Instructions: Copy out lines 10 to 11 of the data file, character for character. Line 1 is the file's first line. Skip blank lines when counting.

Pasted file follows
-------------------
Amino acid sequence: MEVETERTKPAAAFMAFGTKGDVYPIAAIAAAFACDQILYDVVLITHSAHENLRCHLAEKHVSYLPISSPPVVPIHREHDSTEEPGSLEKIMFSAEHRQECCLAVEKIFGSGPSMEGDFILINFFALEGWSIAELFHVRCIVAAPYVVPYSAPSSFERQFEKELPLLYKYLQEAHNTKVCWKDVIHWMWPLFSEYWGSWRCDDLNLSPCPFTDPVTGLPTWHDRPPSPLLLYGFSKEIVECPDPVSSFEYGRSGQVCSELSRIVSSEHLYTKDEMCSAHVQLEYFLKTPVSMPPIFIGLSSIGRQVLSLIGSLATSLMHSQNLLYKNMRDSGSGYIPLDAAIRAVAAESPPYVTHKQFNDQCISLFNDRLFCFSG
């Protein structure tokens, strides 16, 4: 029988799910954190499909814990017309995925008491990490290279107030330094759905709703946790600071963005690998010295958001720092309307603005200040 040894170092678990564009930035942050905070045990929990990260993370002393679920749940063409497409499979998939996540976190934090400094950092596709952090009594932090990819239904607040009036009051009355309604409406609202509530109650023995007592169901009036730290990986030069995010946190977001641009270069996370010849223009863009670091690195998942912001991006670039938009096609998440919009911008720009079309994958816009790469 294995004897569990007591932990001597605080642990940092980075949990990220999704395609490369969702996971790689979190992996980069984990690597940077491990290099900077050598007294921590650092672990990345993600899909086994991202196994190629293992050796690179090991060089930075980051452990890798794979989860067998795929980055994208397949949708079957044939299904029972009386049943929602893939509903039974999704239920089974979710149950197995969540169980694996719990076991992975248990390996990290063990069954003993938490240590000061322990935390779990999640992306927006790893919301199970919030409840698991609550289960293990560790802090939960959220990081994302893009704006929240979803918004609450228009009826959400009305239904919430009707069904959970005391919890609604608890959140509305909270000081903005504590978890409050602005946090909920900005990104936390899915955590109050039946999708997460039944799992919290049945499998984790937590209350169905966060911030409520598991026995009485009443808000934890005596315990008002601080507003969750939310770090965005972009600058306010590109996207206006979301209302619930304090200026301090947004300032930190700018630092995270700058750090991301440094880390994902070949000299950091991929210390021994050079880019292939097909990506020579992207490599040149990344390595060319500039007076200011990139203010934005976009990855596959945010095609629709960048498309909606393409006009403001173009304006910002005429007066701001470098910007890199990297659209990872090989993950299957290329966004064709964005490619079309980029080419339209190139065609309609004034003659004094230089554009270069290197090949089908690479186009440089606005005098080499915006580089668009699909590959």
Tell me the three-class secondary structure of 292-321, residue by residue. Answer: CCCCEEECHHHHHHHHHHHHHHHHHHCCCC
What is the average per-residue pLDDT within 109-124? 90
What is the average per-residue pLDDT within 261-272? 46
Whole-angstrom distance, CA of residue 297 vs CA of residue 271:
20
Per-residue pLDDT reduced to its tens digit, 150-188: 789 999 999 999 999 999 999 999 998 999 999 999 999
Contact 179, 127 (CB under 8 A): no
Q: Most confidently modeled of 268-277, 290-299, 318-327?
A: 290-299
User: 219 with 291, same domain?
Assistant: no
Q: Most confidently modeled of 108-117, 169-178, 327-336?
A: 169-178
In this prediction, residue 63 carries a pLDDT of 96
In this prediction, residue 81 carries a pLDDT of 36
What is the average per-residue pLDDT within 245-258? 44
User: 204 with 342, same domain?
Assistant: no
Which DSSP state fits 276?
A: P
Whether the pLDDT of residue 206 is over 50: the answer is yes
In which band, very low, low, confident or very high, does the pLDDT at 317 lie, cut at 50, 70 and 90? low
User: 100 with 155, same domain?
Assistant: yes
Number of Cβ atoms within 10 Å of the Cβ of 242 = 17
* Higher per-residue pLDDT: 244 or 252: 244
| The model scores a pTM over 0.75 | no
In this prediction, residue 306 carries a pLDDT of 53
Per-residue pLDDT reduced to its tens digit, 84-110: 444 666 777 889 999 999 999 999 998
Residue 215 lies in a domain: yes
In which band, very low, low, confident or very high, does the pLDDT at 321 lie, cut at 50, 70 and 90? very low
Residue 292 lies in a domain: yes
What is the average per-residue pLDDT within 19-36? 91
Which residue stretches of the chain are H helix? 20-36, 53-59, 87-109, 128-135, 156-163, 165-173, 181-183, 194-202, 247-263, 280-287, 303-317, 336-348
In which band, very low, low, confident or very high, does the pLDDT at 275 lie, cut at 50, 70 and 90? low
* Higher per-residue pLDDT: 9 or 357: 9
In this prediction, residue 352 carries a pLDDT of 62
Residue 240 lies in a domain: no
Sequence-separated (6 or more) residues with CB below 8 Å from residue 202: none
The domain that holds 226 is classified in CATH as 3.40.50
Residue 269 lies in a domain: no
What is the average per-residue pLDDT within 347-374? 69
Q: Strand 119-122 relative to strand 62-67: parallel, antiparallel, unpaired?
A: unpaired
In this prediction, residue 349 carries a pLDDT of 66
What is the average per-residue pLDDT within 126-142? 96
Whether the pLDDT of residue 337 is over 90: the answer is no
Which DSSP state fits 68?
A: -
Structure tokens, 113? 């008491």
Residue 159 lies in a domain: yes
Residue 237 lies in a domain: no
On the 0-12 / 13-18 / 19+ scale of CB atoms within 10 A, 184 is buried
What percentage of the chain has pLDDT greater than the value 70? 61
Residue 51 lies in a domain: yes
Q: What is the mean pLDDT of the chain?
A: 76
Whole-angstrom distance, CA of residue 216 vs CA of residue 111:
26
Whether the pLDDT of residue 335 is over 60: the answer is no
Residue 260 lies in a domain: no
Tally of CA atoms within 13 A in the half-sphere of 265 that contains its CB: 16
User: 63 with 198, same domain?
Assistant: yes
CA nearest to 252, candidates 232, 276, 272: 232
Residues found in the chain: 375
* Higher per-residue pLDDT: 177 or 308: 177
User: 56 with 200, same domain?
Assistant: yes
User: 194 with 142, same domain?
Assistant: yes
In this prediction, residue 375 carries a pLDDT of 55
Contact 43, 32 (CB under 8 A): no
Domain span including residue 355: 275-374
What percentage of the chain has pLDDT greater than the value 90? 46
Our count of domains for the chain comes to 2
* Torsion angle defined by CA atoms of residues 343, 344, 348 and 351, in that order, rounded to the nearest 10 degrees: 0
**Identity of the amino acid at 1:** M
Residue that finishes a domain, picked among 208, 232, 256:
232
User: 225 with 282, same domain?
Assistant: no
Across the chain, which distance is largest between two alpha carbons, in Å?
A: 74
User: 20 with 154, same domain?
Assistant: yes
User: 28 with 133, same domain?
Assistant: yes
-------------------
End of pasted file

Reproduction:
Q: Most confidently modeled of 268-277, 290-299, 318-327?
A: 290-299